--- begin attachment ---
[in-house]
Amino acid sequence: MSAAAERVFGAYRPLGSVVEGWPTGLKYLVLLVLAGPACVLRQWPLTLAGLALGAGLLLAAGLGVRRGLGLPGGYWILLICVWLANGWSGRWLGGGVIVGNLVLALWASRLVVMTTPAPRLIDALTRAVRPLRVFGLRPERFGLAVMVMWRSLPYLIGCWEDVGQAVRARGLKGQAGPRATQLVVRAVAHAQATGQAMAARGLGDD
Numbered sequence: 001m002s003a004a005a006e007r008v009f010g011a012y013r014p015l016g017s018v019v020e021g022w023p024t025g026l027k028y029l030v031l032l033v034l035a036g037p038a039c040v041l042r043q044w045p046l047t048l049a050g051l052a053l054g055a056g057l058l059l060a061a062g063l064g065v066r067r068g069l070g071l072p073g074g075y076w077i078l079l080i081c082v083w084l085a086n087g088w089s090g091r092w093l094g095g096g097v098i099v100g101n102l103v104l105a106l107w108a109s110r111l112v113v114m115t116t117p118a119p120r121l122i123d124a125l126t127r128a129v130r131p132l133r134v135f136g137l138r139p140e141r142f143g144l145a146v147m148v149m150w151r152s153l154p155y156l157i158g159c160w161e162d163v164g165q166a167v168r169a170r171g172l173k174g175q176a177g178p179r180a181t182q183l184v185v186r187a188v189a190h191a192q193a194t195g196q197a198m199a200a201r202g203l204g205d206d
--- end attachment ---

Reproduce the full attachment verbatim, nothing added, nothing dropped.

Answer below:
[in-house]
Amino acid sequence: MSAAAERVFGAYRPLGSVVEGWPTGLKYLVLLVLAGPACVLRQWPLTLAGLALGAGLLLAAGLGVRRGLGLPGGYWILLICVWLANGWSGRWLGGGVIVGNLVLALWASRLVVMTTPAPRLIDALTRAVRPLRVFGLRPERFGLAVMVMWRSLPYLIGCWEDVGQAVRARGLKGQAGPRATQLVVRAVAHAQATGQAMAARGLGDD
Numbered sequence: 001m002s003a004a005a006e007r008v009f010g011a012y013r014p015l016g017s018v019v020e021g022w023p024t025g026l027k028y029l030v031l032l033v034l035a036g037p038a039c040v041l042r043q044w045p046l047t048l049a050g051l052a053l054g055a056g057l058l059l060a061a062g063l064g065v066r067r068g069l070g071l072p073g074g075y076w077i078l079l080i081c082v083w084l085a086n087g088w089s090g091r092w093l094g095g096g097v098i099v100g101n102l103v104l105a106l107w108a109s110r111l112v113v114m115t116t117p118a119p120r121l122i123d124a125l126t127r128a129v130r131p132l133r134v135f136g137l138r139p140e141r142f143g144l145a146v147m148v149m150w151r152s153l154p155y156l157i158g159c160w161e162d163v164g165q166a167v168r169a170r171g172l173k174g175q176a177g178p179r180a181t182q183l184v185v186r187a188v189a190h191a192q193a194t195g196q197a198m199a200a201r202g203l204g205d206d